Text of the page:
Wow effects on a low budget


All rooms at the Hamburger Prizeotels bear the exalted signature of star designer Karim Rashid, guest at Heimtextil 2015.

Frequent travellers are often irritated by those faceless hotel blocks that have nothing but barren interiors to offer instead of a superbly inspiring atmosphere. A new generation of budget hotels is taking a different approach and is offering cool interior design at low cost. By using clever design strategies, they are rapidly gaining shares of the market. A start has been made by chains like B&B and Motel One, which are making their mark with consistent concepts and low prices.

Motel One, founded 14 years ago by hotelier and entrepreneur Dieter Müller, now offers accommodation in Germany, Austria, Belgium and the UK, with 50 hotels in all. And the chain plans to expand even further. Switzerland and Spain are next on the agenda. The plan is to extend the European network to 74 locations by 2017. The turquoise-coloured ‘Egg Chair’ by Arne Jacobsen has long since established itself as the visual figurehead for the appealing CI of the low-budget lodgings.

Ikea has also been investing very recently in hotel properties. Under the ‘Moxy’ label, which is operated by Marriott, the first hotels are all set for launch. Milan was the first, with Munich, Frankfurt and Berlin to follow. The plan is to have up to 150 hotels right across Europe. The target group: younger and trend-oriented people with an affinity for new technologies who are looking for affordable overnight accommodation.


The rooms of the Prizeotels provide many surprises on a small area.

This is also provided by Prizeotel, a further low-price hotel in the two-star segment, which opened its first location in Bremen in 2009. Now there is a second hotel in Hamburg, which has been attracting guests for several months. Here the design is responsible for the tremendous ‘wow’ effects. The New York star designer Karim Rashid – who will be guest at Heimtextil 2015 to present a new collection for Grund – was specially commissioned for the task. He has left his unmistakable imprint on both properties. For him, this was a fantastic challenge, as he explains in his interview. “Design does not have to be elitist and expensive. You can also do something really cool on a very tight budget, and, believe me, this one was extremely tight. I’m absolutely convinced of this. Everyone should be able to afford a design hotel.”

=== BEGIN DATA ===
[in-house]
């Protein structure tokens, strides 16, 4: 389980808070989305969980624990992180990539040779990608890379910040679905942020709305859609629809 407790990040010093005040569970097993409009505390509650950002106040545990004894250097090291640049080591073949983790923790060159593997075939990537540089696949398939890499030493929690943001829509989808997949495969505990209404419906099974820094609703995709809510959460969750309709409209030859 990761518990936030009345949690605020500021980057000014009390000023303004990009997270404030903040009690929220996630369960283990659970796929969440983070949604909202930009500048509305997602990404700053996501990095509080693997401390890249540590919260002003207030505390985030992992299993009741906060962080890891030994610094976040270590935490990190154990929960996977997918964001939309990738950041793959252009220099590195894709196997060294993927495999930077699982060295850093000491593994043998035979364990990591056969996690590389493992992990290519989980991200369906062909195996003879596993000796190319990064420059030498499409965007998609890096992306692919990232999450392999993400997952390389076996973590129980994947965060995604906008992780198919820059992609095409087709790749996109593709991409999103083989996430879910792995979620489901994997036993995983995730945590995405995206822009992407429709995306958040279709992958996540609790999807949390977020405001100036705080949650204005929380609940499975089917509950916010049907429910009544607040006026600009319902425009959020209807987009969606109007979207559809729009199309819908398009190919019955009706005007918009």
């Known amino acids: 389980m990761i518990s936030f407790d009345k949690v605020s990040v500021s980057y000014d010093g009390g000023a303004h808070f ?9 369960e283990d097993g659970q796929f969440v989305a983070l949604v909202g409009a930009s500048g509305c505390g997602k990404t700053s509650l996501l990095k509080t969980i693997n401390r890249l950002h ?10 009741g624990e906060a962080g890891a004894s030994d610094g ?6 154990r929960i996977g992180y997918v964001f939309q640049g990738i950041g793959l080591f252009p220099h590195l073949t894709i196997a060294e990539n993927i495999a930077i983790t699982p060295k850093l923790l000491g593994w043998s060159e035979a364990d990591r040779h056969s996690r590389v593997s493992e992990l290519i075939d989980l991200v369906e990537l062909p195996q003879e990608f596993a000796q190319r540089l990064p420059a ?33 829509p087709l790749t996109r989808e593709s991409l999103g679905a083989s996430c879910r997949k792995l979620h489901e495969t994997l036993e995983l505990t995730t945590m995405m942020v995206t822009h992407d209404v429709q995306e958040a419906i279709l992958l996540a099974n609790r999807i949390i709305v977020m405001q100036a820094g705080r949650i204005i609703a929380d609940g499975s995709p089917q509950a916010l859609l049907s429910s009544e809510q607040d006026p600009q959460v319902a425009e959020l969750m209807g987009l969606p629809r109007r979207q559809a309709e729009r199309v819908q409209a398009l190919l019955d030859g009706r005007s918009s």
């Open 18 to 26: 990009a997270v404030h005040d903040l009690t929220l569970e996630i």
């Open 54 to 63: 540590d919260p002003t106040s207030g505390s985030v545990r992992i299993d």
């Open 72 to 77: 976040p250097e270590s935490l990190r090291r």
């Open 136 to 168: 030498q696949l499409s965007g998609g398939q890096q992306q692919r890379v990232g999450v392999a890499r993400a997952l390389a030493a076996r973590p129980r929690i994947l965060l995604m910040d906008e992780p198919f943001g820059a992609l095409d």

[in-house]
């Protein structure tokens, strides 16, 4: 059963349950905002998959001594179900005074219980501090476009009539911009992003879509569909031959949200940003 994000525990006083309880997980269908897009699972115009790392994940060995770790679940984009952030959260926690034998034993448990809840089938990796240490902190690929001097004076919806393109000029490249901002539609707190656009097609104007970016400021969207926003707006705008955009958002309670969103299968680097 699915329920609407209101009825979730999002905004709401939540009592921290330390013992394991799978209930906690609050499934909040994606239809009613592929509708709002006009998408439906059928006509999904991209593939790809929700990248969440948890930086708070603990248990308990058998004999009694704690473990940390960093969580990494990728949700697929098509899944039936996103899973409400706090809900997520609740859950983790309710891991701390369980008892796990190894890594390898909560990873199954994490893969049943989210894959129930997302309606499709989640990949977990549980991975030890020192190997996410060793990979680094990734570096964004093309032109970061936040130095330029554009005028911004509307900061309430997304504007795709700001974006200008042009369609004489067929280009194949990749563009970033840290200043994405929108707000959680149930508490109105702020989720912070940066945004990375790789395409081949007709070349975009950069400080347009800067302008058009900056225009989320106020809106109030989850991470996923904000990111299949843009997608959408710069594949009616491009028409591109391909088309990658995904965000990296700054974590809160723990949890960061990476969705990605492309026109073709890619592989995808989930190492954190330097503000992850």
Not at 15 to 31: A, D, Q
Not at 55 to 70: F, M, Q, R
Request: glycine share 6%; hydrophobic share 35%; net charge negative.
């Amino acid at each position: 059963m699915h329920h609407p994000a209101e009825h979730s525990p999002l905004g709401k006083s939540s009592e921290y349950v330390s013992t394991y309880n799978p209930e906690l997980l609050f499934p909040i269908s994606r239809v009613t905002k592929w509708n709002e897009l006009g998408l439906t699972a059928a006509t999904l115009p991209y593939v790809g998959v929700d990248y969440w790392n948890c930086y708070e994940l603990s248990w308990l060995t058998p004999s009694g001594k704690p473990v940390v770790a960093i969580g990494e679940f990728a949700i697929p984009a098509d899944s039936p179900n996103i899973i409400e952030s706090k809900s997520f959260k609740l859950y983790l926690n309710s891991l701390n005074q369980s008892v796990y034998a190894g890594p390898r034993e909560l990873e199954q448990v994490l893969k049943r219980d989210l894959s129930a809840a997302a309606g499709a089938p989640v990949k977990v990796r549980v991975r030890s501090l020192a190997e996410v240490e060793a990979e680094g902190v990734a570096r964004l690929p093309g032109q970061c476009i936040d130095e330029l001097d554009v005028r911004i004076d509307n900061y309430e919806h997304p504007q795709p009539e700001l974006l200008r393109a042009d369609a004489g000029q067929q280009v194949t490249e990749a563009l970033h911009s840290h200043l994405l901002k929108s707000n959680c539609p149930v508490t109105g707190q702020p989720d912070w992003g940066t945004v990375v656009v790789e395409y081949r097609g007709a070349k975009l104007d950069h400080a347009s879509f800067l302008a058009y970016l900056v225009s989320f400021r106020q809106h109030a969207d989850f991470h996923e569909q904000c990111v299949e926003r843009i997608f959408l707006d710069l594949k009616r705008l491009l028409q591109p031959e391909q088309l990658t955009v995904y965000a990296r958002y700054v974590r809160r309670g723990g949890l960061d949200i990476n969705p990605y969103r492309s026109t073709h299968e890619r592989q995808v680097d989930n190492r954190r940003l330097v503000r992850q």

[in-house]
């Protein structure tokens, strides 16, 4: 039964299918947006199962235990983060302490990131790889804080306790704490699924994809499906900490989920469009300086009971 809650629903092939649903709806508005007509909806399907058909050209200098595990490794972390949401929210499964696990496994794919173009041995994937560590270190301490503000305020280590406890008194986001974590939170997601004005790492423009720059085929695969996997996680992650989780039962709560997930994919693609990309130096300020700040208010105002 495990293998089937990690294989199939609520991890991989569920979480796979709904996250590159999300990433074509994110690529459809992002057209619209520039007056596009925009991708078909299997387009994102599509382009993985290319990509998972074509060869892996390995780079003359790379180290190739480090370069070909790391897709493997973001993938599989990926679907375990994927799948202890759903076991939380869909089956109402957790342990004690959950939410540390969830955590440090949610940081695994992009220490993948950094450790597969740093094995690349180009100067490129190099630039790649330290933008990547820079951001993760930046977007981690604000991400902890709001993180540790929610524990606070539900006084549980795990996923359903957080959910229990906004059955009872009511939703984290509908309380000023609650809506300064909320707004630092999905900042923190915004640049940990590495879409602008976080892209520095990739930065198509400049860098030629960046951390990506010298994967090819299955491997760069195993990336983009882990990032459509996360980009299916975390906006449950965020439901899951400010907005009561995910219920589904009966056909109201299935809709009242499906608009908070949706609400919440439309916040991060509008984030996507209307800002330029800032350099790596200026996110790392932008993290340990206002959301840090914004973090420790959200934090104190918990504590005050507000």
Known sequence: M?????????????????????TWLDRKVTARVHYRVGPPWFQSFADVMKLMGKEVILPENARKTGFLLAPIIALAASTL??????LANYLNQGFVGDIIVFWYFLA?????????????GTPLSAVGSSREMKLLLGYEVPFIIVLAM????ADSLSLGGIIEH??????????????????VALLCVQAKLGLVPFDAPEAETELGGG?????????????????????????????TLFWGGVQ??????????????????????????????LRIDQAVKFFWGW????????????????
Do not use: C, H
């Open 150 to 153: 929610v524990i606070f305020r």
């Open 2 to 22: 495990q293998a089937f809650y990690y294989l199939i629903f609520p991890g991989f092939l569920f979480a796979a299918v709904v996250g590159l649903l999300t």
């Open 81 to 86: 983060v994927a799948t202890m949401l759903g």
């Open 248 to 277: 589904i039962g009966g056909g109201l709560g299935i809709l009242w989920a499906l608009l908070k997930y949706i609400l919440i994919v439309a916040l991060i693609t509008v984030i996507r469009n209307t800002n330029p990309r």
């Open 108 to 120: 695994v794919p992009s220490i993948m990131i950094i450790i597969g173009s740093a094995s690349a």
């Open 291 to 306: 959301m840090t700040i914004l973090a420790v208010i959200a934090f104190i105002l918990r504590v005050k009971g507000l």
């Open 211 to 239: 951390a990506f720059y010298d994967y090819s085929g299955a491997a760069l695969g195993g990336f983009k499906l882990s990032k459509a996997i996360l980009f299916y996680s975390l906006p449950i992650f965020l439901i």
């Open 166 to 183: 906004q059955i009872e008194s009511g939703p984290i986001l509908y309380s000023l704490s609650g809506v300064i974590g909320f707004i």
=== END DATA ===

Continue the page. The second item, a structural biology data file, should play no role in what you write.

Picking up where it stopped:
In the Prizeotel rooms, each of them 16 square metres in area, there is a comfortable bed 180 cm wide with high-quality bed linen, free WLAN, flat-screen TV with an HDMI connection plus a ‘MusicLamp’, which is a lamp and a radio at the same time. The carpets and wallpapers (from Marburger) both bear the exalted handwriting of the enfant terrible of the design scene. You simply have to like it. There is nothing boring about it, and that’s guaranteed. And, says Rashid, “as a guest, you can’t knock into anything anywhere in my hotel rooms, because all the edges, whether on the bed frame or the desk, are softly rounded”.

Behind the innovative overall concept are Bremen’s Marco Nussbaum, expert for new hotel concepts and formerly managing director of the Astron Hotel group, and the real estate economist Dr. Matthias Zimmermann, managing partner of Weser-Wohnbau and Zimmermann Real Estate. They entered the scene with the aim of “being, in the medium term, the most unconventional budget-design hotel chain and qualitative leader with a presence in Germany’s core markets”. In Hanover, by the middle of 2015, the next Prizeotel will leave its guests in awe and astonishment.

Heike Gessulat

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